The crime few people talked about five years ago is out in the open, and it looms surprisingly large. It is domestic violence, in particular, spouse abuse. In another time, wife beating was virtually ignored by law enforcement authorities, viewed as a private matter that families were free to settle by themselves. Police seldom arrested a wife-beater, and often an abused spouse was too intimidated or embarrassed to press charges. But a recent report of the National Institute of Justice reveals the shocking figures on the extent of this crime. Two million Americans a year are beaten by their spouses. More than 1.7 million are assaulted with guns or knives. No less than 8.4 percent of all the nation's homicides in 1984 involved one spouse killing another.

Some of these murders might have been prevented if police intervention had been more aggressive at earlier stages of trouble. But until a few years ago, it was thought that an arrest would be counterproductive -- that a violent husband would be likely to retaliate against his wife and children. Three years ago, though, a study undertaken by the Police Foundation demonstrated statistically just the opposite: men who were arrested after assaulting their spouses were least likely to commit the offense again.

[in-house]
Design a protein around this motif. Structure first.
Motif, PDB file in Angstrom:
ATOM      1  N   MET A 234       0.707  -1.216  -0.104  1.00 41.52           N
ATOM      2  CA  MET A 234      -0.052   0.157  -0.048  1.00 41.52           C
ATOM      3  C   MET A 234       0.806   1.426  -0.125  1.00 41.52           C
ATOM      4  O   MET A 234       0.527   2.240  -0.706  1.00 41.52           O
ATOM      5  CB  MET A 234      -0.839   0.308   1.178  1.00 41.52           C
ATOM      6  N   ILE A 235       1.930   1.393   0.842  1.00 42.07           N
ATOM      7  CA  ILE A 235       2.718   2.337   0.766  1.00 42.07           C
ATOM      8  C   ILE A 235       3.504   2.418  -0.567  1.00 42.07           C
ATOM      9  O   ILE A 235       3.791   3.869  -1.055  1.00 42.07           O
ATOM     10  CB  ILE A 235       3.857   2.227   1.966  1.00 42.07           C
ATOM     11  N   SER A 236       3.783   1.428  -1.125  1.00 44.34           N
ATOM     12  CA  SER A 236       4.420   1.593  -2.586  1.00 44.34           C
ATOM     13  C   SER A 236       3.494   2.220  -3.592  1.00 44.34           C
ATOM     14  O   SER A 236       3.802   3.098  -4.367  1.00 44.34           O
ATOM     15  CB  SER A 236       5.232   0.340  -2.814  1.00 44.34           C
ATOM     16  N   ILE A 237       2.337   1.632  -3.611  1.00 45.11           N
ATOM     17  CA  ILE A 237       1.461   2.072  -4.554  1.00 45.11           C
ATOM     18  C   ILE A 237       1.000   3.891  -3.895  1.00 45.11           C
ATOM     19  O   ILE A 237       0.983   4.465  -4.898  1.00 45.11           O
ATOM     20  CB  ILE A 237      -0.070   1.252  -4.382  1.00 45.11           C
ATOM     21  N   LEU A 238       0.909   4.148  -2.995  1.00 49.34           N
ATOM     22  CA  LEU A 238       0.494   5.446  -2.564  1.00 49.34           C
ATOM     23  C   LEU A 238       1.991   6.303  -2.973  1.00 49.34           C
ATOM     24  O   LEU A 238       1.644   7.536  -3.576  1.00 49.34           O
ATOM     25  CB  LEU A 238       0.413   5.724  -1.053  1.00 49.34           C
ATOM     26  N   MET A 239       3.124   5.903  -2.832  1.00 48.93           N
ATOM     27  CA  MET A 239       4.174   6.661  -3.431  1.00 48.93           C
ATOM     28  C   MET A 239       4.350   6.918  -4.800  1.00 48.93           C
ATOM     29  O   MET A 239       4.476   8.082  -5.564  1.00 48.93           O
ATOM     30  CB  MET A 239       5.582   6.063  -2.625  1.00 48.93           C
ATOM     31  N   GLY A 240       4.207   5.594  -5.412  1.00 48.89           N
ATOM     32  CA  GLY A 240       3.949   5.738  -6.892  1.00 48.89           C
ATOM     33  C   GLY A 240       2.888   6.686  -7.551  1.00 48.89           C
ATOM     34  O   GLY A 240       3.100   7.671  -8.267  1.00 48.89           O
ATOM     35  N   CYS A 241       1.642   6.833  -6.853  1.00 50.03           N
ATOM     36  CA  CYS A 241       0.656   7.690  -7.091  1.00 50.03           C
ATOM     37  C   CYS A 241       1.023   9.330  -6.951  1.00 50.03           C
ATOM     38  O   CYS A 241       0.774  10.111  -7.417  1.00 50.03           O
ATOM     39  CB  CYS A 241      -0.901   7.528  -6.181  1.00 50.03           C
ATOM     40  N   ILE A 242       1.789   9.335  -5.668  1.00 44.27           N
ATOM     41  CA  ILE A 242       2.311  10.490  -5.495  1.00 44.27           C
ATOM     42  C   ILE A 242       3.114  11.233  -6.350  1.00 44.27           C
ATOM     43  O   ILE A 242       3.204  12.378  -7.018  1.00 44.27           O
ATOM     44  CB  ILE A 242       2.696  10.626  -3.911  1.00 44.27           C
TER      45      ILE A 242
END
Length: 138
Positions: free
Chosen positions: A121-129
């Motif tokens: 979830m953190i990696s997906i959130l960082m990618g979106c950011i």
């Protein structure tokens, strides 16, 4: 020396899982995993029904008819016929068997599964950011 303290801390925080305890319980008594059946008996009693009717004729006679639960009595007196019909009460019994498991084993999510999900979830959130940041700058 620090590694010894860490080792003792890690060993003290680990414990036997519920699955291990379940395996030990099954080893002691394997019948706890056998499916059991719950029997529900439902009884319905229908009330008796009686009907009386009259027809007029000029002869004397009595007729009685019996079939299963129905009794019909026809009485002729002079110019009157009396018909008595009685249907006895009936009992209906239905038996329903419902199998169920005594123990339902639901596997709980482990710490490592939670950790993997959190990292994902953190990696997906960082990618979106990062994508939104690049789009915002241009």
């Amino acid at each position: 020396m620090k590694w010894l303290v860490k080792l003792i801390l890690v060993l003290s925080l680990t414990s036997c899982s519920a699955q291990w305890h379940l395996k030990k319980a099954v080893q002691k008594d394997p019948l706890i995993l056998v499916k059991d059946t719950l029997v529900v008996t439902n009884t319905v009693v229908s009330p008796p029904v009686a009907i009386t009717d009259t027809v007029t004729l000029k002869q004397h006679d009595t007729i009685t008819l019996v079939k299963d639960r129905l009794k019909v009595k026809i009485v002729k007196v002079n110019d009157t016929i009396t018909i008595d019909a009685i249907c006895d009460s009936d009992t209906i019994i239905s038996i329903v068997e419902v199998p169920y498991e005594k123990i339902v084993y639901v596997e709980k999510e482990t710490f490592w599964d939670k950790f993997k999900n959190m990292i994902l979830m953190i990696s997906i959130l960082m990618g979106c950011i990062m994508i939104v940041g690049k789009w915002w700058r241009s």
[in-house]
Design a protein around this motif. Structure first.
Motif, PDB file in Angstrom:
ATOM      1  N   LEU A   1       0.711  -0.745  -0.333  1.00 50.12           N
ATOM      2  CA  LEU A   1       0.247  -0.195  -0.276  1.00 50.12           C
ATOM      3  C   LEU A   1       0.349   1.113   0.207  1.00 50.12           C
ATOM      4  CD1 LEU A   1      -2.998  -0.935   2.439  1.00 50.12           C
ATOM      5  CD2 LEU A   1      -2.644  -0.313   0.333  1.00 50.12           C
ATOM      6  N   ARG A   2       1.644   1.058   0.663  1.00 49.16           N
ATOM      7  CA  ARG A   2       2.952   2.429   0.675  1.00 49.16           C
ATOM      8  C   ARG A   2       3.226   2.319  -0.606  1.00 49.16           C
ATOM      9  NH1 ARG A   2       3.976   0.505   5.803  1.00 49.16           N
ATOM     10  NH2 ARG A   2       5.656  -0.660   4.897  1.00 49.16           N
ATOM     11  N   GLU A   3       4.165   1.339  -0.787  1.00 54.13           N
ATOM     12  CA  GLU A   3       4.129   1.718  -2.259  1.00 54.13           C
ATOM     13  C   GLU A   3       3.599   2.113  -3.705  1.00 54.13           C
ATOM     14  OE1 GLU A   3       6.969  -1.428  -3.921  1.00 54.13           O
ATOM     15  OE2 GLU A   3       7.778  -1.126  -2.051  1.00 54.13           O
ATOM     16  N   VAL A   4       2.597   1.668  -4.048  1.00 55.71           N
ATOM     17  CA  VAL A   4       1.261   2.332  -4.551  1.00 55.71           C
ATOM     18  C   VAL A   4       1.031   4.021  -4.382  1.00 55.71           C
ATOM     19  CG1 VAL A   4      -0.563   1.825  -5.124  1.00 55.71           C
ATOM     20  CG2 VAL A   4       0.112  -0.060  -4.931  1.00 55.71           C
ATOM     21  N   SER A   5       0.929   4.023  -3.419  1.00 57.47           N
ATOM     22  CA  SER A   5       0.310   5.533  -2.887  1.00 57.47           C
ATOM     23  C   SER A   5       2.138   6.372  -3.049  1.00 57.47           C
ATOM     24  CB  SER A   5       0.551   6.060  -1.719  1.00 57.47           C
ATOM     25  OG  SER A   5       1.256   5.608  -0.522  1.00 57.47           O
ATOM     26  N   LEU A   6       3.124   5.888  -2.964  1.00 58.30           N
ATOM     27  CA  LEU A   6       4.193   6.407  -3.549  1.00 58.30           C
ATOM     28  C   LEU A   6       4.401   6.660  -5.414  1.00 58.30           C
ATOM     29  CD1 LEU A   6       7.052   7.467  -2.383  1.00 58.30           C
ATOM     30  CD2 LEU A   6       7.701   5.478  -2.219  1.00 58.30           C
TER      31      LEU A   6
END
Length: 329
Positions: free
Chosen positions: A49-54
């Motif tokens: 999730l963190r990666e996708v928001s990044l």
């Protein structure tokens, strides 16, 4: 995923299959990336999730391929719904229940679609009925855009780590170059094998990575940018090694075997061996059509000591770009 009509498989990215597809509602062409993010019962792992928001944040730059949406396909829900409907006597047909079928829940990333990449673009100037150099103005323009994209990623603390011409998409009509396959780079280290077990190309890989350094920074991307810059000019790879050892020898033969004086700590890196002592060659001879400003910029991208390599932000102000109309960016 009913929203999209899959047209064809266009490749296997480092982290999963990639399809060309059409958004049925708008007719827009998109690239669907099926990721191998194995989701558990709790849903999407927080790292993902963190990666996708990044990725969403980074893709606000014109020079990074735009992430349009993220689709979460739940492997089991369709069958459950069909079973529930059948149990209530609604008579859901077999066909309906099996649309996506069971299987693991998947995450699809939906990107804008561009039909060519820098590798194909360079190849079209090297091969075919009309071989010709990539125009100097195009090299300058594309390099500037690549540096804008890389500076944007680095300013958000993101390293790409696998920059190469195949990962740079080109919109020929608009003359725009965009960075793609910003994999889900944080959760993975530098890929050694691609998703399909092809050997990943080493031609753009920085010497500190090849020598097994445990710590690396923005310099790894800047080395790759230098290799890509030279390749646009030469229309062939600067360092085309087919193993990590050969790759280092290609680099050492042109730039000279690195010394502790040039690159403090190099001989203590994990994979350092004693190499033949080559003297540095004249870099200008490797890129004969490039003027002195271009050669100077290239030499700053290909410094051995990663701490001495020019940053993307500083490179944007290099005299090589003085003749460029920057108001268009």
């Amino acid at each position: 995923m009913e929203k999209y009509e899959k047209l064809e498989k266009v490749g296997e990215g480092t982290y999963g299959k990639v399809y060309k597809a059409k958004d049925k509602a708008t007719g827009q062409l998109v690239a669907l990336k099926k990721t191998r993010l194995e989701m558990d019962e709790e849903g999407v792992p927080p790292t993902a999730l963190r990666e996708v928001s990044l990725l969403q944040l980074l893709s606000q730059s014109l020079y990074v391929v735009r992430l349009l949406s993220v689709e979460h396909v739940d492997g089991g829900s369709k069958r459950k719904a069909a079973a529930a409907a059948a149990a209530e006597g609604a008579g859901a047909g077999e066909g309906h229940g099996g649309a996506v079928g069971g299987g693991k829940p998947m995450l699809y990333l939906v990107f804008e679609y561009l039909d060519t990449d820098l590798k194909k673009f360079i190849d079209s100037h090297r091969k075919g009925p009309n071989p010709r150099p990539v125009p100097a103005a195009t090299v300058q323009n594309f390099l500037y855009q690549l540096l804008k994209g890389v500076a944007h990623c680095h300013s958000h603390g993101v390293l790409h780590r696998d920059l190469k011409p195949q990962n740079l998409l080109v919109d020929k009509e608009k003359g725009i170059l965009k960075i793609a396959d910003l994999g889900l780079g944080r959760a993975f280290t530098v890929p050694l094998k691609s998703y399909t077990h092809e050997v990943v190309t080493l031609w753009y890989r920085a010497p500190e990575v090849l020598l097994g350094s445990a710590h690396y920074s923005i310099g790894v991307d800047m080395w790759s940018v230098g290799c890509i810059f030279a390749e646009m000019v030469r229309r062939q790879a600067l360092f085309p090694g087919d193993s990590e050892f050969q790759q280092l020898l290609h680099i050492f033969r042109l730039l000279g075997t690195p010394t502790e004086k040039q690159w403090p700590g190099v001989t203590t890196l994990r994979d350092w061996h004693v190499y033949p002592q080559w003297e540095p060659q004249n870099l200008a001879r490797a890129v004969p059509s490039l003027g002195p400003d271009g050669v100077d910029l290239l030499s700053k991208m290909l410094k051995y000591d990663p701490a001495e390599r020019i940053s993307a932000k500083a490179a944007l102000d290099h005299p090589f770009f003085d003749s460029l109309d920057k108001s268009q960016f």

Since that study, which was completed in Minneapolis, a number of urban police departments have begun training programs for officers that stress the deterrent effect of arrest as an alternative to the usual responses designed to minimize conflict and promote reconciliation. Seven states -- Connecticut, Delaware, Maine, Minnesota, North Carolina, Oregon and Utah -- have passed statutes requiring arrest in cases of probable domestic assault, even when the victim is unwilling to sign a complaint. In Connecticut, first-time misdemeanor offenders can be required to attend classes on the causes of rage and the means of controlling it, and if the violence does not recur, arrest records are expunged.

Domestic violence is present at all levels of society and is inflicted by spouses well known in their professions and communities. The certainty or even the probability of arrest is a powerful deterrent for this group of hidden offenders, and this response -- which would be obvious if the person committing the assault were a stranger -- is effective even in the family situation. The Minnesota study showed that an arrest breaks a cycle of violence and is more likely to promote real reconciliation in the long run than is passive acceptance or even mediation. It stands to reason that early intervention by police and courts will also bring down the discouraging rate of homicides-at-home. The seven states will be closely watched for results.